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The identification of DepB: An enzyme responsible for the final detoxification step in the deoxynivalenol epimerization pathway in devosia mutans 17-2-E-8

Carere, J., Hassan, Y.I., Lepp, D., Zhou, T. (2018). The identification of DepB: An enzyme responsible for the final detoxification step in the deoxynivalenol epimerization pathway in devosia mutans 17-2-E-8, 9(JUL), http://dx.doi.org/10.3389/fmicb.2018.01573

Abstract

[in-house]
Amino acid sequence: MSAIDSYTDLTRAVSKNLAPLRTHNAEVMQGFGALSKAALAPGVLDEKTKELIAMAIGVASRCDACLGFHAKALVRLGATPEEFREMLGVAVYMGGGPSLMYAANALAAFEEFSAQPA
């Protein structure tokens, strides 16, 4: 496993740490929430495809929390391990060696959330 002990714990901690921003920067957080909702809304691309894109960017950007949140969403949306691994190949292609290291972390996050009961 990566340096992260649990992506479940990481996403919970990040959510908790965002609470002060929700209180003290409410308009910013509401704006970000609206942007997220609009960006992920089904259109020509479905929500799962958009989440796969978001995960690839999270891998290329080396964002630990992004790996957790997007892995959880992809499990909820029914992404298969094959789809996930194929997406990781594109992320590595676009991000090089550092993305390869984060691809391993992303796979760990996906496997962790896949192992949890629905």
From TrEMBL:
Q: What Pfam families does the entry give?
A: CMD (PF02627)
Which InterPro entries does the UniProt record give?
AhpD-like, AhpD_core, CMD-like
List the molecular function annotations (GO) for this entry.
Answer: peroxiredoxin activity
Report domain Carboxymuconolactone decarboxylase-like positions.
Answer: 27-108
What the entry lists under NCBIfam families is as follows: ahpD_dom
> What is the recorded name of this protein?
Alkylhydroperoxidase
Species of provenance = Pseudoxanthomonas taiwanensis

© 2018 Her Majesty the Queen in Right of Canada, as represented by the Minister of Agriculture and Agri-Food Canada. Deoxynivalenol (DON) is one of the most common mycotoxins found in cereal grains and grains contaminated with DON can cause health issues for both humans and animals and result in severe economic losses. Currently there is no feasible method to remediate affected grains. The development of a biological method for detoxification is becoming increasingly more plausible with the discovery of microbes which can transform DON to a relatively non-toxic stereoisomer, 3-epi-DON. Although bacteria capable of detoxifying DON have been known for some time, it is only recently an enzyme responsible was identified. In Devosia mutans 17-2-E-8 (Devosia sp. 17-2-E-8) a two-step DON epimerization (Dep) pathway, designated as the Dep system, completes this reaction. DepA was recently identified as the enzyme responsible for the conversion of DON to 3-keto-DON, and in this report, DepB, a NADPH dependent dehydrogenase, is identified as the second and final step in the pathway. DepB readily catalyzes the reduction of 3-keto-DON to 3-epi-DON. DepB is shown to be moderately thermostable as it did not lose significant activity after a heat treatment at 55°C and it is amenable to lyophilization. DepB functions at a range of pH-values (5-9) and functions equally well in multiple common buffers. DepB is clearly a NADPH dependent enzyme as it utilizes it much more efficiently than NADH. The discovery of the final step in the Dep pathway may provide a means to finally mitigate the losses from DON contamination in cereal grains through an enzymatic detoxification system. The further development of this system will need to focus on the activity of the Dep enzymes under conditions mimicking industrially relevant conditions to test their functionality for use in areas such as corn milling, fuel ethanol fermentation or directly in animal feed.

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